Overdoses, violence: Deadly jail blindspots left exposed
PRISON officers are furious new cameras will be installed to monitor staff ahead of already identified black spots in CCTV which they say could stop deaths, increase safety and decrease drug use.
New cameras will be installed in the officer control room at Capricornia jail but officers say this is being fast tracked while previous black spot recommendations from 2016 and 2018 have been ignored.
Queensland Corrective Services says it is merely making upgrades that other jails already have but officers say the jail executive have the wrong priorities.
Michael Wayne Blutcher died of a fentanyl overdose at the Capricornia low security farm in 2013 after drugs were snuck inside a soft drink can.
The 2016 coronial finding said cameras outside the farm on an external road had limited effect at night.
The coroner was told improvements would be made to the CCTV but despite the assurance officers said nothing was upgraded or changed.
And in 2018 the Crime and Corruption Commission's Taskforce Flaxton recommended CCTV blind spots across the state's jails be reviewed with camera networks upgraded.
Together Union industrial services director Michael Thomas said as far as the union was aware "not a single camera has been installed" to rectify black spots since the Flaxton recommendations.
"No one has spent a cent on black spots and after four years of calling for additional cameras to be put into Capricornia, the only ones that have gone in are ones looking at staff," he said.
"It's a question of priorities, there are reasons to justify putting cameras into control rooms but there's no justification for the failure to install cameras in identified high-risk areas despite clear recommendations from the CCC and the Coroner to do so.
"The failure to invest in basic infrastructure to improve staff safety at a time when assaults are at an all-time high reinforces the view of correctional officers that their safety comes a distant second behind the budget."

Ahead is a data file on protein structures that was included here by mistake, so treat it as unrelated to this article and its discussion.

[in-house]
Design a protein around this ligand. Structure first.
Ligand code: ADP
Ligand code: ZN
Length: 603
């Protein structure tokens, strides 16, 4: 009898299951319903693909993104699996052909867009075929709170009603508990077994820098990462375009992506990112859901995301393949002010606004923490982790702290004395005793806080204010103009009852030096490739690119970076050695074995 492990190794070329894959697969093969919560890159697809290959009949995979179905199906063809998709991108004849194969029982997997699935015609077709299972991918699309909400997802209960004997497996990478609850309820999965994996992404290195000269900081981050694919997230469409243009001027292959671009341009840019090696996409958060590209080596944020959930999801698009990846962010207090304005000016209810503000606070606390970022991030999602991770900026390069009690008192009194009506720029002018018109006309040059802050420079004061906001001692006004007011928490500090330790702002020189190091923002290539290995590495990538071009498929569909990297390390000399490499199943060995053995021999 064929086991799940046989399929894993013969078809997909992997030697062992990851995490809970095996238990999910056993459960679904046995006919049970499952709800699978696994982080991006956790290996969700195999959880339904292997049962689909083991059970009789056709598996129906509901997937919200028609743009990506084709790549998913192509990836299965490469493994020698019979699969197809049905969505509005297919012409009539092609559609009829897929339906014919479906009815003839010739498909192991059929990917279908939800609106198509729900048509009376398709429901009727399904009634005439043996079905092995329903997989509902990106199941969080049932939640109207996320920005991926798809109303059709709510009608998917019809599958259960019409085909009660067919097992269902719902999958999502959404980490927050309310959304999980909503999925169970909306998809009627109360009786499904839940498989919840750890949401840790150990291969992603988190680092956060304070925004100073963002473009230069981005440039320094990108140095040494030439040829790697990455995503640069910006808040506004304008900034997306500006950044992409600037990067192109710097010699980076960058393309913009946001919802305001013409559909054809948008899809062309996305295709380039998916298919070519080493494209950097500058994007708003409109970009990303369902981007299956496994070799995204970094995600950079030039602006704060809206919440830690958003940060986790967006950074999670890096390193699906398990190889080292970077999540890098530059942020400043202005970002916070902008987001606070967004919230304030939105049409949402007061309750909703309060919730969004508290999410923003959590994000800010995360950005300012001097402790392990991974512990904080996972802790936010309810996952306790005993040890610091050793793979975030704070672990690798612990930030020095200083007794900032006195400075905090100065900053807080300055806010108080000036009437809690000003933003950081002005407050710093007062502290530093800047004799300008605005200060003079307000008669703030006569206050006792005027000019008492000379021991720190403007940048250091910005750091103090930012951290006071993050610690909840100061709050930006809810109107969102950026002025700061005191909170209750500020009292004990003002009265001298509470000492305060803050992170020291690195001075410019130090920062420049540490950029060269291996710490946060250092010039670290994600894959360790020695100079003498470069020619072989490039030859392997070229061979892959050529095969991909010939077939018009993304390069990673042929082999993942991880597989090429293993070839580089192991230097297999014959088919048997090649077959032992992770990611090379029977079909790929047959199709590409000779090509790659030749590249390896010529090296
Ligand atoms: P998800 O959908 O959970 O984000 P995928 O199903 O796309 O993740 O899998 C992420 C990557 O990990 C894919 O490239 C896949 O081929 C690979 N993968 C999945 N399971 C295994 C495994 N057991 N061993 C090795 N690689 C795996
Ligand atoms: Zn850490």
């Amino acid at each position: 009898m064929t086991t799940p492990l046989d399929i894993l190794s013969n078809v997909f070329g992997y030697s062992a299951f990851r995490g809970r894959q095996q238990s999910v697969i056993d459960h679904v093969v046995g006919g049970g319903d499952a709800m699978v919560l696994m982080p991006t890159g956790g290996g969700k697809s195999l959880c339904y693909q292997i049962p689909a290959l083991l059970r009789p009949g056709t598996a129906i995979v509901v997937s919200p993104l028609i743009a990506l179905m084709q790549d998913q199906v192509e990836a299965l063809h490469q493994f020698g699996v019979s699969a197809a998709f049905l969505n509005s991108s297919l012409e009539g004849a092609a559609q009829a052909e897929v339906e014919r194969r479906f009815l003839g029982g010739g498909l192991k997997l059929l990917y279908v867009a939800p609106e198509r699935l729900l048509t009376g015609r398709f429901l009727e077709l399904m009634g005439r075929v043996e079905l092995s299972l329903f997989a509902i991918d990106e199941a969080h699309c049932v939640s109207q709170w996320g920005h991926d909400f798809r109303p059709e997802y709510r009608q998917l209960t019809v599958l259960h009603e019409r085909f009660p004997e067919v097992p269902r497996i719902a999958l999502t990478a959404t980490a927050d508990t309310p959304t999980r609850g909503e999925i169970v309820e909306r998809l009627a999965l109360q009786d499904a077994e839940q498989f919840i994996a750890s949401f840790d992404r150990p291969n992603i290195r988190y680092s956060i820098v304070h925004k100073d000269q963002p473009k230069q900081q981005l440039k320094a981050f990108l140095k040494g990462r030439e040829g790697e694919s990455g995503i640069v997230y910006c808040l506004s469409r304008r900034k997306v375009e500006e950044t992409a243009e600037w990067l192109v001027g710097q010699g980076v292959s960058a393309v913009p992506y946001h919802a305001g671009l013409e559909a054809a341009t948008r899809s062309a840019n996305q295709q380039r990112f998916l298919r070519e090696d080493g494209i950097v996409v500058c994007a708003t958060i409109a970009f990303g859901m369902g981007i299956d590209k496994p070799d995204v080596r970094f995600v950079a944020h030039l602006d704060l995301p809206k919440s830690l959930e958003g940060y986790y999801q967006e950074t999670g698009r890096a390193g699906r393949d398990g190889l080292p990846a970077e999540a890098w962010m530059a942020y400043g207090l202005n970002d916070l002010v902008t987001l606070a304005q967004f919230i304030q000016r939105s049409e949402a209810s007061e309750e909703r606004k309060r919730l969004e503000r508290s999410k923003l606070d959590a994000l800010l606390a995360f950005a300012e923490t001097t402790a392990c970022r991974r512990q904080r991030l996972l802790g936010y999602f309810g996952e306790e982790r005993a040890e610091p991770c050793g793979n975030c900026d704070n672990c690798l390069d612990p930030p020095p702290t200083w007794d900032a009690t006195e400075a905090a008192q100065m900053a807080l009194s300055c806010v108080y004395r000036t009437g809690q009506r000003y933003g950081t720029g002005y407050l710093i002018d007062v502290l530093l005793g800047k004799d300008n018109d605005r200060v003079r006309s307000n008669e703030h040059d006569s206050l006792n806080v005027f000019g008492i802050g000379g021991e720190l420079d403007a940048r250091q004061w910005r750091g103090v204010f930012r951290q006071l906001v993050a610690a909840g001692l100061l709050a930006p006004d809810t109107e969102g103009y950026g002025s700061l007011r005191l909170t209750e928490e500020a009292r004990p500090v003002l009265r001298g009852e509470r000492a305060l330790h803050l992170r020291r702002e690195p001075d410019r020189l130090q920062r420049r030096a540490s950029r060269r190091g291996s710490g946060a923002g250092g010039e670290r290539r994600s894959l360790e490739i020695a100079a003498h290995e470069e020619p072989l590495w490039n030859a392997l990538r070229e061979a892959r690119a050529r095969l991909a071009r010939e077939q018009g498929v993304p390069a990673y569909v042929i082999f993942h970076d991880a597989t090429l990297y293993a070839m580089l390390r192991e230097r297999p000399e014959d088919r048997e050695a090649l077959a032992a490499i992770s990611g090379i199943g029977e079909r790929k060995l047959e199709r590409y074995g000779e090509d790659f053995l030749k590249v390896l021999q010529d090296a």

The jail is undergoing an upgrade which will almost double its capacity.
A QCS spokeswoman claimed the CCTV network issues were separate and unrelated.
"One is rectification work to the existing prison infrastructure, and the other is the fit-out of the new build, which is still being completed," she said.
In relation to rectification work to the existing infrastructures she said QCS was committed to implementing Flaxton recommendations and there had been a "significant body of work to resolve blind spots in prisons around the state, including Capricornia".
Cameras were installed to address blind spots in the new build, she said.
"The addition of cameras and microphones in Movement Control at Capricornia merely bring it up to standard with other correctional centres across the state," the spokeswoman said.
"It is QCS's policy to install such devices in critical functional areas such as Movement Control given that they are key to maintaining control of the facility.
"If there is a critical loss of control the Incident Command Centre needs to be able to see and hear what is going on to provide an operational response. The functionality is also used as a part of evidence gathering for post-event investigations.
Mr Thomas said the only work on blind spots to existing infrastructure had been a "paper audit".